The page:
Minimum Requirements for Code Signing

Certificate Authority Security Council's Minimum Requirements for the Issuance and Management of Code Signing Certificates

The Certificate Authority Security Council's (CASC) Minimum Requirements for the Issuance and Management of Code Signing Certificates are required by all Certificate Authorities (CAs) in order for their Code Signing Certificates to be trusted in the Windows platforms.  

Only EV Code Signing Certificates will be Issued with USB Tokens (updated December 9th December 2019)

The Minimum Requirements specify that CAs shall ensure stronger protection for private keys. All EV Code Signing Certificates, will require a USB token. All New and Renewal EV Code Signing orders will require a USB token to store the Certificate and protect the private key. Also, all standard Code Signing products - except for EV Code Signing - will be integrated to one “multi-platform” Code Signing Certificate.
Standard CodeSigning will no longer required to be provided on a token, as you will now have the option to generate and install your CodeSigning certificate on one of the following:

  1.  Trusted Platform Module (TPM)
  2. Hardware Crypto Module
  3. Another Hardware Software Token (SD Card/USB Token)

Inclusion of State and/or Locality in the subjectDN

The Minimum Requirements specify standardized and strict identity verification practices. GlobalSign requires Code Signing Certificates to contain State and/or Locality in the subjectDN.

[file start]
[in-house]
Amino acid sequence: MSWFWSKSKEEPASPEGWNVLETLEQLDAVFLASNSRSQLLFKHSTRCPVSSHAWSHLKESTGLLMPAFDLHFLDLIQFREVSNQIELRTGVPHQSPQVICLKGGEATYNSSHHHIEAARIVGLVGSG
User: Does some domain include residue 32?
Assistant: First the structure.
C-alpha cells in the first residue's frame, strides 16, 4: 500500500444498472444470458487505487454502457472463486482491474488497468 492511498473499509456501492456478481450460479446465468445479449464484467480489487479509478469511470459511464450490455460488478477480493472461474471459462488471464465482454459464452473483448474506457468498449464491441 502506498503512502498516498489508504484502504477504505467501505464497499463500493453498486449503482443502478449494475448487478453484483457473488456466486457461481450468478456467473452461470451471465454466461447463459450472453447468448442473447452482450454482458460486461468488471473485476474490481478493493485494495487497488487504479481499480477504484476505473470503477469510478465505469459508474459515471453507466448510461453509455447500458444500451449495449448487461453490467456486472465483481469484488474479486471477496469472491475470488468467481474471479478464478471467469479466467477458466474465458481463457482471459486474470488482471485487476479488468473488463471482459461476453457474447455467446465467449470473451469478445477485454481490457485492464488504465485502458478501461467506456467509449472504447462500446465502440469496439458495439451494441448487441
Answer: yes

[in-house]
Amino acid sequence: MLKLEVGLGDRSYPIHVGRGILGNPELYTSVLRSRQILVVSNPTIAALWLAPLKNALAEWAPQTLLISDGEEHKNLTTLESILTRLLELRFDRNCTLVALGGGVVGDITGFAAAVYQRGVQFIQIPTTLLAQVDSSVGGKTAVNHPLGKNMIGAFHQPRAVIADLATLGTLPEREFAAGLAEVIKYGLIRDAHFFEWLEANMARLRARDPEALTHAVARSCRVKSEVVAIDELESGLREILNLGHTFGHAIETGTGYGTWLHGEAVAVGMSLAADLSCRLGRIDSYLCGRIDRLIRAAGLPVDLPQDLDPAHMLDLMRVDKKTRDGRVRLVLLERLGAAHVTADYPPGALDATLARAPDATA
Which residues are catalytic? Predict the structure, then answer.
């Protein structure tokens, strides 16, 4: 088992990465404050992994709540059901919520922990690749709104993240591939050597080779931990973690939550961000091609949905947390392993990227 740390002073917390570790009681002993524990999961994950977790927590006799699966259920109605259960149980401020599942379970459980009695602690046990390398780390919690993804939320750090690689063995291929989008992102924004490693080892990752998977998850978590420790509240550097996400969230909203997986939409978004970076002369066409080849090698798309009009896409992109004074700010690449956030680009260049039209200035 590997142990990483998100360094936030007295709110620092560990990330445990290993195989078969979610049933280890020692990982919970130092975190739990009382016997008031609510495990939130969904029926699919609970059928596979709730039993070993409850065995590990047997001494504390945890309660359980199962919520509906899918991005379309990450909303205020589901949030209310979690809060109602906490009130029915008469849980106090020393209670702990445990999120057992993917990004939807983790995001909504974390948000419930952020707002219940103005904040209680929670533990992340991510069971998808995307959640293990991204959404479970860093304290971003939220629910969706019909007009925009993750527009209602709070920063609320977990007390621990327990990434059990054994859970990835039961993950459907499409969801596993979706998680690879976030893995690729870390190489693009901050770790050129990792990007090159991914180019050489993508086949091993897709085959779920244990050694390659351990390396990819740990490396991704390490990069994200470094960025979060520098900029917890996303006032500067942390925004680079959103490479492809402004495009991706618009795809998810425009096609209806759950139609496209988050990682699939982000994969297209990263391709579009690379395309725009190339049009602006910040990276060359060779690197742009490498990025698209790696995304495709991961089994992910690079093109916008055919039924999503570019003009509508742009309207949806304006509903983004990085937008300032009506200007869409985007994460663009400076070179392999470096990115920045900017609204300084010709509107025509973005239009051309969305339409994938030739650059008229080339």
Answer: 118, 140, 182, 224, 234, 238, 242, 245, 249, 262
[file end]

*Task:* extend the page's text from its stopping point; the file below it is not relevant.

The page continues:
New Timestamping Requirements

The Minimum Requirements specify timestamping requirements. GlobalSign's dedicated Code Signing timestamp URLs for this purpose are listed below:
 

Hashing Algorithm New Timestamp URL
SHA-1

http://rfc3161timestamp.globalsign.com/standard

SHA-2 http://rfc3161timestamp.globalsign.com/advanced  

Problem Certificate Reporting and Revocation

The Minimum Requirements specify standardized requirements for problem Certificate reporting and revocation. "Problem Certificates" are Certificates suspected of private key compromise, used to sign suspect or malicious code, etc.
Most likely, a revocation will be requested by a malware researcher or an application software supplier, such as Microsoft, where users of their software may be installing suspect code or malware. In this case, if Microsoft were to ask GlobalSign to revoke the Certificate, within two days the Certificate must be revoked or Microsoft must be informed that GlobalSign has started an investigation. Problem Certificates can be reported directly through our website at: https://www.globalsign.com/en/report-abuse/ 
 
For more information, please refer to our blog post What Do The New Code Signing Certificate Requirements Mean For Developers.
If you'd like to know more about our Code Signing Certificates, read our Code Signing FAQ Support Article.

References

1. Minimum Requirements for the Issuance and Management of Publicly-Trusted Code Signing Certificates  
2. Microsoft Trusted Root Program Requirements

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